Crime / Law

Terrorism is expanding, says Global terrorism data

In their most recent post, Robert Pape and his colleagues argue that START researchers using the Global Terrorism Database (GTD) overstate the current threat of global terrorism. They also claim that START has made no effort to improve the comprehensiveness of the historical data in the GTD, and conclude by offering several suggestions for how to “fix” the database. Unfortunately, these assertions are unfounded and, while we appreciate their attempt to be helpful, their suggestions are shortsighted.
Pape et al.’s claim that START researchers erroneously paint an overly dire picture of recent terrorism trends relies on two assumptions: First, that suicide terrorism alone is representative of the global threat of terrorism (it is not). And second, that START researchers rely solely on global aggregate percent change statistics when assessing trends (we do not). In fact, START researchers adopt much richer analytical strategies that are less susceptible to the well-documented vagaries of data collection. Unfortunately, Pape and his colleagues strip our work of its historical, regional and contextual analyses to portray START in an unflattering light.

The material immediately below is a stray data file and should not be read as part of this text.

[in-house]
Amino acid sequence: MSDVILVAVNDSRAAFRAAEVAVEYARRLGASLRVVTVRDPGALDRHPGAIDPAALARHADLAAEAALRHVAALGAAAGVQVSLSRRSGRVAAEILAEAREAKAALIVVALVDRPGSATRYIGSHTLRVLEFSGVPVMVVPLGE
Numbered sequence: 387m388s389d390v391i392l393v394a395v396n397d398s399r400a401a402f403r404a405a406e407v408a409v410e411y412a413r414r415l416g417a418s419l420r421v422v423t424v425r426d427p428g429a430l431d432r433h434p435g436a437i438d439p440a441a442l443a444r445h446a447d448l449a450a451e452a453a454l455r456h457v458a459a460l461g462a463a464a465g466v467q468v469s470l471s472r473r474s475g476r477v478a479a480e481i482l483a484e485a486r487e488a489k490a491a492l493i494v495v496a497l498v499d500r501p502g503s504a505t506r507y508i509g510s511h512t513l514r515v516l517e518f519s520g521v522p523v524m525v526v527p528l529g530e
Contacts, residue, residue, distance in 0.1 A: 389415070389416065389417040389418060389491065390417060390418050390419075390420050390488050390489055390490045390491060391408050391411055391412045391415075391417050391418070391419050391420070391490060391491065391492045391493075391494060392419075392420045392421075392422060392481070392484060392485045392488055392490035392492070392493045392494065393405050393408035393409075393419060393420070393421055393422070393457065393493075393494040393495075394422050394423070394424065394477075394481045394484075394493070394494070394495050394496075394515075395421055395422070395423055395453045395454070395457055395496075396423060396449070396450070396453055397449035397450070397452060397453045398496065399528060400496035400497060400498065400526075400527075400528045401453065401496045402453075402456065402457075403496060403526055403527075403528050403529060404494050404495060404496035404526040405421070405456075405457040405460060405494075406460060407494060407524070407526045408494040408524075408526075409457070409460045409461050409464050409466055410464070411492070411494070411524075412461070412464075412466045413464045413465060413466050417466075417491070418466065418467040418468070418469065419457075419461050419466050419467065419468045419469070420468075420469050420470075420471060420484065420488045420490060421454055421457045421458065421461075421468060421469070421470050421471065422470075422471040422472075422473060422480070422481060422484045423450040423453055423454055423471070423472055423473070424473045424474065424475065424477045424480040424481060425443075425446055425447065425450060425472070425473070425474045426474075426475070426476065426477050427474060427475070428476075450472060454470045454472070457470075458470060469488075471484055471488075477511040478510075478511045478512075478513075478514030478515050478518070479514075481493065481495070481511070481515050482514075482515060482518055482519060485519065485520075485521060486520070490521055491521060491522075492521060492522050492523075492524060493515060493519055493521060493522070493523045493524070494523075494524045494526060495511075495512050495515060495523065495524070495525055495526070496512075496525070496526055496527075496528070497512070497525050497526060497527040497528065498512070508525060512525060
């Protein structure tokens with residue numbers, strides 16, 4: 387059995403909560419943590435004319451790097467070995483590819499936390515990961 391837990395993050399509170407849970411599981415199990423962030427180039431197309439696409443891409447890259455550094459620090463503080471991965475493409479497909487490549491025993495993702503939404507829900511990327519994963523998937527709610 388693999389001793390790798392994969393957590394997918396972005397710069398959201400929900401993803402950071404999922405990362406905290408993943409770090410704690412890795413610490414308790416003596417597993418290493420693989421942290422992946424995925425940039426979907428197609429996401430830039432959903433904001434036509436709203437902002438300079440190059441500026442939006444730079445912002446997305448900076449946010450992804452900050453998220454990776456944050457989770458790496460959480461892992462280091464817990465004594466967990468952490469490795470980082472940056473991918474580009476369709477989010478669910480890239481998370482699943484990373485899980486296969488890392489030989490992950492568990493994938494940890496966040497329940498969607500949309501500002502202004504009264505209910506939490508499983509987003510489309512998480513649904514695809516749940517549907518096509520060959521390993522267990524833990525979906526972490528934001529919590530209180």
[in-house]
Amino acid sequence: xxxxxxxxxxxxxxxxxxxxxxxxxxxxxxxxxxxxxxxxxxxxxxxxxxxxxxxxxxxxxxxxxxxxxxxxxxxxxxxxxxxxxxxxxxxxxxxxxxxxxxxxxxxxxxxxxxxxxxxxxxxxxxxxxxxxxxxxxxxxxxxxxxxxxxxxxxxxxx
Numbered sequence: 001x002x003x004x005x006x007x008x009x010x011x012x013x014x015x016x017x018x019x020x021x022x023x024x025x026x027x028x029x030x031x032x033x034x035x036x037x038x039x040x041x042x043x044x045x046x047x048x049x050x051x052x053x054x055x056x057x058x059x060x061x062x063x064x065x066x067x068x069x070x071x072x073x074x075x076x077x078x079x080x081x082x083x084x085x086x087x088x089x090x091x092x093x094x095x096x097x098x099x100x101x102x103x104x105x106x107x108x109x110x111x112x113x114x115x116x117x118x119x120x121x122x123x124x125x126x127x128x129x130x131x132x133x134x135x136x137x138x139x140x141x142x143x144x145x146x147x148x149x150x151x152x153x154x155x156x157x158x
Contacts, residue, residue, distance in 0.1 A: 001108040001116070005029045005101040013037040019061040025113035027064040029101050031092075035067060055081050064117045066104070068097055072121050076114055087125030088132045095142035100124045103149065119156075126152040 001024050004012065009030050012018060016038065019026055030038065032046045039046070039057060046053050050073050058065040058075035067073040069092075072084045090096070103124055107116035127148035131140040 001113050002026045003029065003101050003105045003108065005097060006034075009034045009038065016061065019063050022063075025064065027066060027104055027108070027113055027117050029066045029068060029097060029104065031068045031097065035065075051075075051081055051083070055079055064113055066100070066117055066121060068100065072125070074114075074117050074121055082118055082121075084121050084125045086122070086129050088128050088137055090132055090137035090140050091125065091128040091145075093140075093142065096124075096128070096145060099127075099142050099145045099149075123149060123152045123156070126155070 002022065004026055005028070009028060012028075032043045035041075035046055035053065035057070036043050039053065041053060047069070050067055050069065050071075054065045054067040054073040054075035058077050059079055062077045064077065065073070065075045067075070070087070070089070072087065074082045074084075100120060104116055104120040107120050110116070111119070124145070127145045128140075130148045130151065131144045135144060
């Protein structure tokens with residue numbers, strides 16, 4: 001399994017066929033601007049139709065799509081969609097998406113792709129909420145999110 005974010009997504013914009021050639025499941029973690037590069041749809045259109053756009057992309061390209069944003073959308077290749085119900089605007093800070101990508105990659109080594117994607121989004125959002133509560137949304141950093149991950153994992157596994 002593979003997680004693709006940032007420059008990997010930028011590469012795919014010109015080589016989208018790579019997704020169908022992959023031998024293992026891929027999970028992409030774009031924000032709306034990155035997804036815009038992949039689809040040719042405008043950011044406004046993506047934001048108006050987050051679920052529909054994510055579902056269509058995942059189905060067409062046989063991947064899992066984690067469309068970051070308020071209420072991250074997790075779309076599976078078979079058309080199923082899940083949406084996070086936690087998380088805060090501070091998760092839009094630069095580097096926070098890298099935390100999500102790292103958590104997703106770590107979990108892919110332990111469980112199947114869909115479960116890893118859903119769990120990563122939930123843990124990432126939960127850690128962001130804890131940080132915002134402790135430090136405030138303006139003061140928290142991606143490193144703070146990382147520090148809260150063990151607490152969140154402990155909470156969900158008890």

We are especially perplexed by the authors’ insistence that identifying a greater number of suicide attacks in Iraq while it was in the midst of a civil war indicates that the world was a more dangerous place in 2007 than it was in 2013. A more robust way to gauge the trajectory of terrorism is to consider the dispersion of terrorist attacks over time.

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